Images from Right Relations 2023
Seven students and three Program Staff spent the week of April 20-26, 2023 exploring reconciliation, social justice, and right relations between Indigenous and Non-Indigenous peoples in Canada. We were blessed to have the Moderator of the United Church of Canada (and super cool person in her own right) Carmen Lansdowne as part of the circle for most of the week.
On the first day of the circle we spent some time talking about how we got her (literally, eg. walked from my bed-and-breakfast) as well as how we got here. In the afternoon we wrestled with the principles that would guide our learning in the circle and would guide the learning of congregations committing themselves to right relations. How does the principle of “Nothing about us without us” sit alongside the principle of “It is not the responsibility of Indigenous people to educate Settlers”? How do we hold the awareness that Indigenous people worldwide share common experiences of marginalization and displacement alongside the diversity of Indigenous people and the knowledge that there is no “single story” and that Indigenous people are not a monolith.
As well as engaging non-fiction readings by writers like Chelsea Vowel, Vine Deloria, Robin Wall Kimmerer, Adrian Jacobs, Martin Brokenleg, Ched Myers and Elaine Enns, students read novels and poetry by contemporary authors like Tracey Lindberg, Richard Wagamese, and Tanya Tagaq.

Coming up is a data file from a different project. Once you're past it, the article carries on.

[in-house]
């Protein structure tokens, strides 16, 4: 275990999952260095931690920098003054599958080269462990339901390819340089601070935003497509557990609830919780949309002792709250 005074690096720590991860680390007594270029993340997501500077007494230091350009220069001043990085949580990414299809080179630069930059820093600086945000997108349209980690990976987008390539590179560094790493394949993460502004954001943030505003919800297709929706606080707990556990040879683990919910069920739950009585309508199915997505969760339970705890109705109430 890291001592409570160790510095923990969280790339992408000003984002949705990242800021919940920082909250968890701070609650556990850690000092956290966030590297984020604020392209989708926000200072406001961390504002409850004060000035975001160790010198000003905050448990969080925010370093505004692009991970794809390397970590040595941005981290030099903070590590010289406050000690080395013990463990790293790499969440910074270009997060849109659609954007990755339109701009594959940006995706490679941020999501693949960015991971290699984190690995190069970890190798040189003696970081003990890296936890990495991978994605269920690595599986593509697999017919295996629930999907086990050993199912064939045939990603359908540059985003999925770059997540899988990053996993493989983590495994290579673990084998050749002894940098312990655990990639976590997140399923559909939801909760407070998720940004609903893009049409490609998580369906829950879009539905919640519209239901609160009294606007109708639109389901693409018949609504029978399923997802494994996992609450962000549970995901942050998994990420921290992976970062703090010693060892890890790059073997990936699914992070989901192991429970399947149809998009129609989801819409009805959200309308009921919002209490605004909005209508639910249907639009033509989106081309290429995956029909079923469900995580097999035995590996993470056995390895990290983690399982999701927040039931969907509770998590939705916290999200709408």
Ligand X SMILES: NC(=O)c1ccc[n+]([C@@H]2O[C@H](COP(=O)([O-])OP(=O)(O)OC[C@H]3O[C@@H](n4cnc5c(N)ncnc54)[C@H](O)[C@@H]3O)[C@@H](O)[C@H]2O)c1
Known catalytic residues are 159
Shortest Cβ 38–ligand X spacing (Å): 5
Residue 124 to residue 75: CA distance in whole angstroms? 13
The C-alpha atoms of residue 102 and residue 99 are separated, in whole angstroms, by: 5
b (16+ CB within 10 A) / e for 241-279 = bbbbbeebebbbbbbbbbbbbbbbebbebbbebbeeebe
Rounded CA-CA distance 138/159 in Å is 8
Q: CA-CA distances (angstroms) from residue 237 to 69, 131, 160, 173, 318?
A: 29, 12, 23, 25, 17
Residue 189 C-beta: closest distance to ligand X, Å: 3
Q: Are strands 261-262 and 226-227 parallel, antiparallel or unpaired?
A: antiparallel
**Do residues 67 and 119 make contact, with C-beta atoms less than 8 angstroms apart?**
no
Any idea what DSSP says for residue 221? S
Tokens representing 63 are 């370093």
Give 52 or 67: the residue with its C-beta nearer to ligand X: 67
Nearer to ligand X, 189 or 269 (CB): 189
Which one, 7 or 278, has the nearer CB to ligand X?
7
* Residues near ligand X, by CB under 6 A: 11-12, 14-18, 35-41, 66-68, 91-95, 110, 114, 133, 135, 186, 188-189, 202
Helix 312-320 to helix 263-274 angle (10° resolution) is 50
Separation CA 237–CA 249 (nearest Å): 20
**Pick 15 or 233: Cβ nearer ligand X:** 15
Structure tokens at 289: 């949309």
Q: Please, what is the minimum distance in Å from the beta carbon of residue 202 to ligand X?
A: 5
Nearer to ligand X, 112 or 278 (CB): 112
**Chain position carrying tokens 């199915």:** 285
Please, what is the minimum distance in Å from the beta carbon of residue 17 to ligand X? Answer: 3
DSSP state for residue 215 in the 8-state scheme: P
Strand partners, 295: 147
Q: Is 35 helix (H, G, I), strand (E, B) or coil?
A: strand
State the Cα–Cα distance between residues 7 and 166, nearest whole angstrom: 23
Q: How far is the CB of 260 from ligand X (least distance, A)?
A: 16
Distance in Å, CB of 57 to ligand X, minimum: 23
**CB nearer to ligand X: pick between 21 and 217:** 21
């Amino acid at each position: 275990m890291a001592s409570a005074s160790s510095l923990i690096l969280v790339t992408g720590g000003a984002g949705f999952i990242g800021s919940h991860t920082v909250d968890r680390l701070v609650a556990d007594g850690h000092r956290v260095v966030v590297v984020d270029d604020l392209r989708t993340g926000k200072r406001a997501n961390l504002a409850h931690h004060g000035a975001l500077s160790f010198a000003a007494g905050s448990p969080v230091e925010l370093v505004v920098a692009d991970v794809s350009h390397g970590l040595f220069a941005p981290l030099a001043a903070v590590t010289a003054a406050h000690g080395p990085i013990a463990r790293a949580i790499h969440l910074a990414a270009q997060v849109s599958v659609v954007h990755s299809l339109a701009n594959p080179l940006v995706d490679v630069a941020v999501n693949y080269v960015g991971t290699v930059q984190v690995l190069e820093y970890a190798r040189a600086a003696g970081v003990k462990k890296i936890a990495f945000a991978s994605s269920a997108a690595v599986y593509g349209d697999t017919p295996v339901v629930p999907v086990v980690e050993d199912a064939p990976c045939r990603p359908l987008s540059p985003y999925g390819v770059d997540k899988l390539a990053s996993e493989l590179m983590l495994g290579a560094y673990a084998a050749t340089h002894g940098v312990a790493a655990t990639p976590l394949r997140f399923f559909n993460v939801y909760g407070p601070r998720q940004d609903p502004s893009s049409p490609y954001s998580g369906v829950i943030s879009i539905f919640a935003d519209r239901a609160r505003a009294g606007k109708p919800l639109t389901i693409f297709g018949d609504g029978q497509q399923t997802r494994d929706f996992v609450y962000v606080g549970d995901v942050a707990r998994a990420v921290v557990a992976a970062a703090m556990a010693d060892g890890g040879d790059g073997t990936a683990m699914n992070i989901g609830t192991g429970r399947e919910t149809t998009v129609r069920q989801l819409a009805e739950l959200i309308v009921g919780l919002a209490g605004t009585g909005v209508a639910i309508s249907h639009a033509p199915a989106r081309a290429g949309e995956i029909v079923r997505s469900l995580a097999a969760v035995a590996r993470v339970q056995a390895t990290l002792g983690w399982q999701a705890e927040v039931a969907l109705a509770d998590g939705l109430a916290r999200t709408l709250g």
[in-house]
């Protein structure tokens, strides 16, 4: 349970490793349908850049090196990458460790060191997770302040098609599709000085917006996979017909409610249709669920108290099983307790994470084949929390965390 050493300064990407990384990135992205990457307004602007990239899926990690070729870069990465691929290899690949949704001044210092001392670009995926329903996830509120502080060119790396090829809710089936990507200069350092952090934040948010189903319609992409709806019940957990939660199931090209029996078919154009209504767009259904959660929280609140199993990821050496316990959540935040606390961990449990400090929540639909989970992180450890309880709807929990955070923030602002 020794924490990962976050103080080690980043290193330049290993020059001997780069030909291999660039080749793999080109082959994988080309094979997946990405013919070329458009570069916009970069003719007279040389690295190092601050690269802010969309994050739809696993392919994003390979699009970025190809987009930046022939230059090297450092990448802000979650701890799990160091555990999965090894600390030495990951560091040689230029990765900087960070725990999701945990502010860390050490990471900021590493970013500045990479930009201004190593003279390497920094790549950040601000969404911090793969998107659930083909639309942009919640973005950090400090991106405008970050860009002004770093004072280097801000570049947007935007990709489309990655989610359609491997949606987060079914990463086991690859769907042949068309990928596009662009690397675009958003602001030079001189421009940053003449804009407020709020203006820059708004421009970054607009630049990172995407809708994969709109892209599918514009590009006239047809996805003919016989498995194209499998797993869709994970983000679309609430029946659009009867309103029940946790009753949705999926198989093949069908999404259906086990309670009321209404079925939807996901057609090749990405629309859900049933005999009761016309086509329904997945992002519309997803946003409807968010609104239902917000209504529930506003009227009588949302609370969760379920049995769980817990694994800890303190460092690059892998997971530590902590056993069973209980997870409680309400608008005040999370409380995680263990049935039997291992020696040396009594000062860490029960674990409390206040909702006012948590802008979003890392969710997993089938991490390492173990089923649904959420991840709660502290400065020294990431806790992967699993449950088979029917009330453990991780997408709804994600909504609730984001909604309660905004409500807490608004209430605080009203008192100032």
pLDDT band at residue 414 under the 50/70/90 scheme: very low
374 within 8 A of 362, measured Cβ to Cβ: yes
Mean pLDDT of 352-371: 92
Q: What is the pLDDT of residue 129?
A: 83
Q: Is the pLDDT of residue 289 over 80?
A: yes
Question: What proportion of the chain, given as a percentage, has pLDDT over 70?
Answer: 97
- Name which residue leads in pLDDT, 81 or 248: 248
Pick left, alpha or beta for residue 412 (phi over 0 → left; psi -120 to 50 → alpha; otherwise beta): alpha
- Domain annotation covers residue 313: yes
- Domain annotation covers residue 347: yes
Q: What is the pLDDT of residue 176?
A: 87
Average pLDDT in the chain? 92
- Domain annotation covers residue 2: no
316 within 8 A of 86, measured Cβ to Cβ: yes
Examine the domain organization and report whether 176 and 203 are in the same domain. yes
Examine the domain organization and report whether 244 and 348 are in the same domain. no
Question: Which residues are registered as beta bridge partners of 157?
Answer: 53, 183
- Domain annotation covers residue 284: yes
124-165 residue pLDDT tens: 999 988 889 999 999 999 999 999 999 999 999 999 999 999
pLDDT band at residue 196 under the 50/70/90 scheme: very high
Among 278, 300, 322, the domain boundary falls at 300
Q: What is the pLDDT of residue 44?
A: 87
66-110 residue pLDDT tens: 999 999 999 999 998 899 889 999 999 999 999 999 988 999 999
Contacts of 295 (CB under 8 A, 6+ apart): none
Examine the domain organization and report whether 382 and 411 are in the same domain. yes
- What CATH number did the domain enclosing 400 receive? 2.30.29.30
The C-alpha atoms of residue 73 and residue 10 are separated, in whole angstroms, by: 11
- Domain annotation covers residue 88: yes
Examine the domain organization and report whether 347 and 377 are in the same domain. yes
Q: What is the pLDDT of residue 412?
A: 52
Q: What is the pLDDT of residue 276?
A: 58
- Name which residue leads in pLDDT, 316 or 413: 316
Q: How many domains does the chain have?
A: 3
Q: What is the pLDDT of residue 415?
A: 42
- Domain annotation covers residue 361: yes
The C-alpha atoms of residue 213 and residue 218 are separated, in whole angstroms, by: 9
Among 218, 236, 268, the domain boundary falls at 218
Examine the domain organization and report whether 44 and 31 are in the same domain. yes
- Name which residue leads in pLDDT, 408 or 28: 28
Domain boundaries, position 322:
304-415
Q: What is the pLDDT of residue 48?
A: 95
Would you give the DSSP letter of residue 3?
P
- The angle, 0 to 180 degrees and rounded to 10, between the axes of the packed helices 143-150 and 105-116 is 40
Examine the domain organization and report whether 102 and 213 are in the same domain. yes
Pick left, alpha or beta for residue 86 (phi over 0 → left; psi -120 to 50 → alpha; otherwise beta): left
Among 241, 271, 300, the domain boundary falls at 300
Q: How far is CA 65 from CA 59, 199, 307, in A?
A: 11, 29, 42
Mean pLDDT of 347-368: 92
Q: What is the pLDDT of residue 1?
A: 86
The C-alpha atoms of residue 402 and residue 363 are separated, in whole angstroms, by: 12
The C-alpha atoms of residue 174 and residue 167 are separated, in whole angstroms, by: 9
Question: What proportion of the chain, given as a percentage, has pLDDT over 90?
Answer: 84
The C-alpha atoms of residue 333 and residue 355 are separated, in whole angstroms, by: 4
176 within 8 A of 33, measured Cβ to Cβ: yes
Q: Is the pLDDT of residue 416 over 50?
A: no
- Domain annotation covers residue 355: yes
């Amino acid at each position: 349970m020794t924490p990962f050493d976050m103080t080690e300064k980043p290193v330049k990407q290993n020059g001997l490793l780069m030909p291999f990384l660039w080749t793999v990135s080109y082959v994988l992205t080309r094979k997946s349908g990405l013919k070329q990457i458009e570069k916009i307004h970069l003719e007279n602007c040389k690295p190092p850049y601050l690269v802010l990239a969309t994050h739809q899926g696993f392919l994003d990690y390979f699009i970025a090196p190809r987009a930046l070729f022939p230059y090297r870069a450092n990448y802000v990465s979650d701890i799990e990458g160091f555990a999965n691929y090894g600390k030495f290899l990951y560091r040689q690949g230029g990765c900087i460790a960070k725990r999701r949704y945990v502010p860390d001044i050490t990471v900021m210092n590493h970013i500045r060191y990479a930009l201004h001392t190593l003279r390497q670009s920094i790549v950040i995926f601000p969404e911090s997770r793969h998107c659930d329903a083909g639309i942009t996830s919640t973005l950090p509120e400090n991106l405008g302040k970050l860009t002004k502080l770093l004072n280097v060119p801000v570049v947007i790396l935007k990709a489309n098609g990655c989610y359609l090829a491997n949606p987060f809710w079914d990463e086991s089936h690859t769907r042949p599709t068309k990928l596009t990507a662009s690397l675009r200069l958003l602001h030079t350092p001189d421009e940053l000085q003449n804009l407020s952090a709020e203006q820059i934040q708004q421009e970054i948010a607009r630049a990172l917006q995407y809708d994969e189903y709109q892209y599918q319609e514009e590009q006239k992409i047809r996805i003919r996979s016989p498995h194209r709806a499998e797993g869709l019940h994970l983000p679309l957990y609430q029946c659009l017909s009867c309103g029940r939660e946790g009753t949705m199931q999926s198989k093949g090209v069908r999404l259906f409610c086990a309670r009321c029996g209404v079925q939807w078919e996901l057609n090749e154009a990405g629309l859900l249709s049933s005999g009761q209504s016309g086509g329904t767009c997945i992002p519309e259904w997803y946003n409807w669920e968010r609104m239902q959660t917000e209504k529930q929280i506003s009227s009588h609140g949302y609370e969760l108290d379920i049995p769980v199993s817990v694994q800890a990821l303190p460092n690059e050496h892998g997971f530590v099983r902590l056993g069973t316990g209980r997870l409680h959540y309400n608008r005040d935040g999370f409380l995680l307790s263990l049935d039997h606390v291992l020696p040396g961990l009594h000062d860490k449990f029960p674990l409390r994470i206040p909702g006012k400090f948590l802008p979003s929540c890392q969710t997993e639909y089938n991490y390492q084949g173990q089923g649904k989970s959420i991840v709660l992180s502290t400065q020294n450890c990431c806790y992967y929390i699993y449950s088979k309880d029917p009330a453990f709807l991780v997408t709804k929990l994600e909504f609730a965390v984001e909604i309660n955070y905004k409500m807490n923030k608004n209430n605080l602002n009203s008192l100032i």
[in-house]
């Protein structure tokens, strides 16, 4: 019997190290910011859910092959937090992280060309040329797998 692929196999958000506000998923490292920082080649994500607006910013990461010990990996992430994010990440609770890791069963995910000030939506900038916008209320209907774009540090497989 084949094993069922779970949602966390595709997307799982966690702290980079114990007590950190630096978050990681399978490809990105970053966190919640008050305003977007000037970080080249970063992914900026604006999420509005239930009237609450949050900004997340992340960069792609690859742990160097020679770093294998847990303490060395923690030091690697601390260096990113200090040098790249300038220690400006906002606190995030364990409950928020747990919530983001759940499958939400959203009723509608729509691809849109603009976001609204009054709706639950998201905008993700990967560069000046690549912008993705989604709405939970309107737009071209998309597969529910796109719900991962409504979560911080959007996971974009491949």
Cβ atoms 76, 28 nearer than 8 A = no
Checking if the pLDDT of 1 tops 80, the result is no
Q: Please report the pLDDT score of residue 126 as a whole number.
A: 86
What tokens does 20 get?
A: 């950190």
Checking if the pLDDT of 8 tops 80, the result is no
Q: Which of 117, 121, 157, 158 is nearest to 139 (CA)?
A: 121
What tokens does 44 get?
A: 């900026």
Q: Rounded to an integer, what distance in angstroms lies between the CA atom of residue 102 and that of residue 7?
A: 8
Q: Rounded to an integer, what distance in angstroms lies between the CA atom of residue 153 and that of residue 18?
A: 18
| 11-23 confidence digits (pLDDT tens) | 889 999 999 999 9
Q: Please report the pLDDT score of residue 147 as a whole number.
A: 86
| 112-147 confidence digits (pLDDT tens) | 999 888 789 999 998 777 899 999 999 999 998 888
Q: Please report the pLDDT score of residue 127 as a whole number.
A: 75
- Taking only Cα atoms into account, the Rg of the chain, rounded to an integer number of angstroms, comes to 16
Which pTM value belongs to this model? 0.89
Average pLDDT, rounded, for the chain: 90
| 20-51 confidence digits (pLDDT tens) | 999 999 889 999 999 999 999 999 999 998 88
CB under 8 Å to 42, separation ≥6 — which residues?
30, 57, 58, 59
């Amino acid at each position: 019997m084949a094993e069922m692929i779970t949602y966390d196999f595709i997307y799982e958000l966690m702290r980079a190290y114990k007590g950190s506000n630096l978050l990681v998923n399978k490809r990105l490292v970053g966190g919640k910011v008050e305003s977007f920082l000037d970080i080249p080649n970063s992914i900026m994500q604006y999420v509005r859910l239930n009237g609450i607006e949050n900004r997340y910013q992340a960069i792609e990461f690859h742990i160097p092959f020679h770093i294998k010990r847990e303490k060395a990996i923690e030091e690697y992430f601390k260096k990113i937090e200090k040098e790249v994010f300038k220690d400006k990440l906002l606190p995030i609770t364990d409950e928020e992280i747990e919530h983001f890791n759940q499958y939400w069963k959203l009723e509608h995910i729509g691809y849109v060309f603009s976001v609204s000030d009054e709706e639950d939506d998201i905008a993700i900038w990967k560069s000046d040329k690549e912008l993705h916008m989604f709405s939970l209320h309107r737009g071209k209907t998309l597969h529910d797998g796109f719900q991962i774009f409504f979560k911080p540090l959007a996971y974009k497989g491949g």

On the second day of the circle, Carmen and Alcris helped us unpack the concept of Mission. In the afternoon we went to the Forks to visit the Agowiidiwinan Centre for treaty education. Allen Sutherland took us through the history of treaties, from the two-row wampums to the numbered treaties and the unceded territories of BC. After hearing about the ways that the Indian Act was imposed by the Canadian government without Indigenous consultation or respect for treaty covenants, at least one CCS student wanted to “burn the Indian Act to the ground”.
On Saturday, in a joint session with the CCS Central Council and Integration circle, we got to listen to a conversation between Carmen Lansdowne and this year’s Companion of the Centre Wenh-In Ng, about what reconciliation looks like from an intercultural perspective.
On Monday and Tuesday we went out to the Sandy-Saulteaux Spiritual Centre in Beausejour, MB. SSSC is a sister school to the Centre for Christian Studies, preparing Indigenous candidates for United Church ministry, often in Indigenous communities. The Sandy-Saulteaux students generously expanded their circle to include us, and shared their stories of struggle and cultural strength. Hard truths were spoken, but there was also lots of laughter. In the afternoon of the first day we went for a walk on the land at Sandy-Saulteaux, learning some teachings of the four directions. We spent Tuesday morning in small groups, shelling beans, chopping up squash, cutting onions, etc. in preparation for the Three Sisters soup we would have at lunch. As we sat at tables working, we shared stories about food in our cultures and communities; stories about feasting and fasting, the proper way to cook a goose, the impact of remoteness and the market on a community’s diet, etc. In the afternoon we shared reflections on gratitude, crafting our own psalms of thanksgiving. We ended the afternoon with communion and expressions of appreciation for the opportunity to spend time together.
On our final day, back in Winnipeg, students reviewed their learnings from the week and thought about next steps toward right relations.